The 2 forint-per-minute levy paid by service providers will be capped at 700 forints (EUR 2,34) a month for individuals and 2,500 forints (EUR 8,37) for businesses, while the first ten minutes per month will be tax-free. Text messages will also be taxed at 2 forints each.
The ruling Fidesz-Christian Democrat alliance voted in favour while opposition were against.
The tax is part of efforts to reduce the budget deficit, Economy Minister Gyorgy Matolcsy said earlier.
Hungary’s three largest telcos, Magyar Telekom, Telenor and Vodafone, earlier this week asked the government to withdraw plans for the tax and instead draw up a sustainable proposal after consulting the industry. They said the government had promised to phase out sectoral crisis taxes introduced in 2010, some of which are under legal review in Brussels. Now the burden borne by the telecom sector will almost double, they said in a joint statement.
The new tax will weigh on consumers rather than on service providers, opposition politicians said after the vote.
Gabor Vago of the LMP party said that “under the logic of the market” all service providers would pass the burden onto their customers.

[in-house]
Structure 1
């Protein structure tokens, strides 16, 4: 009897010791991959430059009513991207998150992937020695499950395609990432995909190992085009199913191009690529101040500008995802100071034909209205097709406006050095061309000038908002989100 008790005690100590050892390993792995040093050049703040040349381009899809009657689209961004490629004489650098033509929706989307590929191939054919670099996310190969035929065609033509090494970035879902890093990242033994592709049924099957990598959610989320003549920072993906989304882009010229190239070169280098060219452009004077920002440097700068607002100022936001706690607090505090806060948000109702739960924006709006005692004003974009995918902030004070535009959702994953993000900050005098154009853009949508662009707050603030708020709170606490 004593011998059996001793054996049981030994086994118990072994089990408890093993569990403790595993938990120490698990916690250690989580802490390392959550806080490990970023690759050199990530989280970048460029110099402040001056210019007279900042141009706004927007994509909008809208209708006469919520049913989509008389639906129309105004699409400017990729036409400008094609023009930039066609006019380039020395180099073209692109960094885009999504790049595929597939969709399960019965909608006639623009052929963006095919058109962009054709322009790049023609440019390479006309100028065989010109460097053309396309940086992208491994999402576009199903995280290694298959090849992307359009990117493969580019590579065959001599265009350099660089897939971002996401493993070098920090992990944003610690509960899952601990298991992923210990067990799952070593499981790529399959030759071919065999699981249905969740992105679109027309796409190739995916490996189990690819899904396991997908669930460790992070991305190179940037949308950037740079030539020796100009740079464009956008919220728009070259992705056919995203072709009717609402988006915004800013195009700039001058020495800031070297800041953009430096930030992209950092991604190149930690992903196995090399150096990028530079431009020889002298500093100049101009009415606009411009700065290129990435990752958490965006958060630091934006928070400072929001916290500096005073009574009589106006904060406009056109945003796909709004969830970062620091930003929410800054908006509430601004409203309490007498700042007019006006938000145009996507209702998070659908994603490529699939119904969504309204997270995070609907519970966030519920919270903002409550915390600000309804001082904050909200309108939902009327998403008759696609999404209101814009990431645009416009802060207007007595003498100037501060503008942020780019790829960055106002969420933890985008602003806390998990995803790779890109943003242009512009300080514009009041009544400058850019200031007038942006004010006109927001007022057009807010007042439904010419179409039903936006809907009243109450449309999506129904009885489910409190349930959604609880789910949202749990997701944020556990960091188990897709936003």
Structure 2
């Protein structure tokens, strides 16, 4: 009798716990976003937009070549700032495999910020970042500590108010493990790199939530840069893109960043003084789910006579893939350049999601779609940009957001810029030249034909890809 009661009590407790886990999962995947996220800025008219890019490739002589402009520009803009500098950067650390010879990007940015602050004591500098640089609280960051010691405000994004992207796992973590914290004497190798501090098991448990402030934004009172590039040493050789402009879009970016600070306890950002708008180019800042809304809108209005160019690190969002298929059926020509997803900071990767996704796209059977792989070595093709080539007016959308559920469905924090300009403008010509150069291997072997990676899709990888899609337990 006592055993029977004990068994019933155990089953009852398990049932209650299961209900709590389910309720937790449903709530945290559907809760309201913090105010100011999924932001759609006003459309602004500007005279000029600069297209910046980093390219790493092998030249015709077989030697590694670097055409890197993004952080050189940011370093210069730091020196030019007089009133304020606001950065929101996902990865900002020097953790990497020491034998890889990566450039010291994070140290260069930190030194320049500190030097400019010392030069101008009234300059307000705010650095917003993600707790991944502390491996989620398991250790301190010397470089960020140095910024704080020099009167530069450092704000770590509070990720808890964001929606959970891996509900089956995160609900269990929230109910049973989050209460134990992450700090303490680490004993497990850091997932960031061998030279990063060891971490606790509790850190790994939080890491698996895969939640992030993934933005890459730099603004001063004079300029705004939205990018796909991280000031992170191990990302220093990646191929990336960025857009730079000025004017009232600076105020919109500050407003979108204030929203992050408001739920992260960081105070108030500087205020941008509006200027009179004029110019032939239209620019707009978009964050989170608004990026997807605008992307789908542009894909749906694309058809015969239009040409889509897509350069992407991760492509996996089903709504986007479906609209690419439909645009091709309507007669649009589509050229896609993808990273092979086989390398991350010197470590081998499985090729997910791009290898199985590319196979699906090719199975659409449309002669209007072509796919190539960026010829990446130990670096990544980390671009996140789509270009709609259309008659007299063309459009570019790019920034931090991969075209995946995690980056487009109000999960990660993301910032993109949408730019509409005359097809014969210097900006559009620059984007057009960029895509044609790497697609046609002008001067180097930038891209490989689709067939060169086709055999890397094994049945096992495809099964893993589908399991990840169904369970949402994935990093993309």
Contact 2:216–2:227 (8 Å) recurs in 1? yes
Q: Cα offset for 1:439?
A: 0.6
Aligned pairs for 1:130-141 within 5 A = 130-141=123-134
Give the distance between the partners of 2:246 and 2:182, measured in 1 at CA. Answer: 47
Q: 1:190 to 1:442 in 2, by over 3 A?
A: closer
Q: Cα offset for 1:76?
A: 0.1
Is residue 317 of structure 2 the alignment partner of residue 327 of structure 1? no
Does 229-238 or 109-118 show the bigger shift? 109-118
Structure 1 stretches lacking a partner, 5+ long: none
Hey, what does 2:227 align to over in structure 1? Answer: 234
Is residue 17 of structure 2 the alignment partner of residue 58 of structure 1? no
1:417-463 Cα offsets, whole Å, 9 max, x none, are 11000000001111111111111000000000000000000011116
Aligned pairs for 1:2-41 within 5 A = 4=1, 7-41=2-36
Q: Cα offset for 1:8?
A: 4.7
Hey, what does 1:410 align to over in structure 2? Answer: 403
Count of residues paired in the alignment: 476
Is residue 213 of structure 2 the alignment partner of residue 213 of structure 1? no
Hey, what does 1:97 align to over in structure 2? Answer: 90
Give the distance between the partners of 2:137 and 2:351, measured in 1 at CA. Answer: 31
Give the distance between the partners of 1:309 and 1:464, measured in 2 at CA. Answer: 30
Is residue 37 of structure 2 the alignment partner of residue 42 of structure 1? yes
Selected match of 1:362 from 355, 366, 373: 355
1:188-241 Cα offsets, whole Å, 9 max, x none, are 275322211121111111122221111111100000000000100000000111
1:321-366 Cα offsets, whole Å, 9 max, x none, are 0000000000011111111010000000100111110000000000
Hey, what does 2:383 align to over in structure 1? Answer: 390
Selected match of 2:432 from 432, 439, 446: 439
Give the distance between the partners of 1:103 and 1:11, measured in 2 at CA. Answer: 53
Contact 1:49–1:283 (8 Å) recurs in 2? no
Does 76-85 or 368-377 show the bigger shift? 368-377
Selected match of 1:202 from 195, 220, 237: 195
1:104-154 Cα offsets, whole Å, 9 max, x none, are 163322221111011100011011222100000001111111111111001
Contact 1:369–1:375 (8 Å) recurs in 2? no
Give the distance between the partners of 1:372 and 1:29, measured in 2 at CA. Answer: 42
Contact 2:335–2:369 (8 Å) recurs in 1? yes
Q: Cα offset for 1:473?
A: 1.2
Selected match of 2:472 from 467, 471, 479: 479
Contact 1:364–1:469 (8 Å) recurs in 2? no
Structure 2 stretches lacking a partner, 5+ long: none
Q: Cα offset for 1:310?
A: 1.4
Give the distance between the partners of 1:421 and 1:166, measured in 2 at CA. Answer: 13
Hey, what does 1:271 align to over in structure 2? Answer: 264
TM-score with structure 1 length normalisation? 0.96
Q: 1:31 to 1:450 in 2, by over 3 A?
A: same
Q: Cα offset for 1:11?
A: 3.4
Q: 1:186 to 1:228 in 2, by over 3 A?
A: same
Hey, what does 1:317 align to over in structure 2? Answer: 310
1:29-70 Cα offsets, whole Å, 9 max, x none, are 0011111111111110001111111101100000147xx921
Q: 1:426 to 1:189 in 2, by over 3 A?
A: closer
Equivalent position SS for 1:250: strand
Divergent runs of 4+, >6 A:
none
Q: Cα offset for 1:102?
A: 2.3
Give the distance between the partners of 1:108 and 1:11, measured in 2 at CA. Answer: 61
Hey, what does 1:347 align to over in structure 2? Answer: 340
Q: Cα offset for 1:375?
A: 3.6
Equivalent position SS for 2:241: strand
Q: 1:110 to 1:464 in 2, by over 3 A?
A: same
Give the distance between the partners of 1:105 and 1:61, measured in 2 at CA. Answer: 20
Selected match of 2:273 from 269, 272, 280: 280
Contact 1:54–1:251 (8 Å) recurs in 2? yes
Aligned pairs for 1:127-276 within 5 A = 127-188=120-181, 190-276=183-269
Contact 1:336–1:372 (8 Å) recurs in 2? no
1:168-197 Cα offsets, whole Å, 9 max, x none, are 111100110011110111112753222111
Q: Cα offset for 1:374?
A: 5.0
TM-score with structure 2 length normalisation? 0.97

Vago said that the targeted revenue to be collected from the tax approximately corresponded to the cost of setting up a national mobile phone provider, and suggested that this was the actual goal of the new tax.
“The cost will be raised by taxing phone users,” he said.
Selmeczi, the spokeswoman of the ruling Fidesz party, denied that companies would pass on the extra charge.
“This time it is a tax for them (the companies) to pay. This time it is their burden,” Selmeczi said. She argued that if one company wished to raise charges, customers would quit and find another provider.
Matolcsy said earlier that companies would be discouraged by fierce competition from transferring the burden of the new taxes onto customers.
Telenor Magyarorszag, the Hungarian unit of Norwegian Telenor, said on Thursday it would pass on the new tax on telephone calls and text messages to customers until one of the two special taxes imposed on the sector was phased out. Telenor said it would cause far more damage to the economy if they responded to the new tax by making lay-offs or stopping developments.
Vodafone warned that the new tax could substantially restrain investments as well as resulting in a decline in turnover, which would indirectly negatively impact telecom companies’ VAT payments.
The main opposition Socialist party vowed to abolish the current government’s planned new telecoms tax if elected to government.
Jozsef Tobias, a senior official of the party, told a press conference on Friday it was clear from company reactions that ordinary residents would bear the brunt of the new tax. Tobias noted that the crisis taxes were subject to a legal review by the European Commission. If it rules against Hungary, the government will make residents pay for the damages under a law linked to Hungary’s new constitution.
Emergency calls and calls on lines for donations will be exempt from the tax.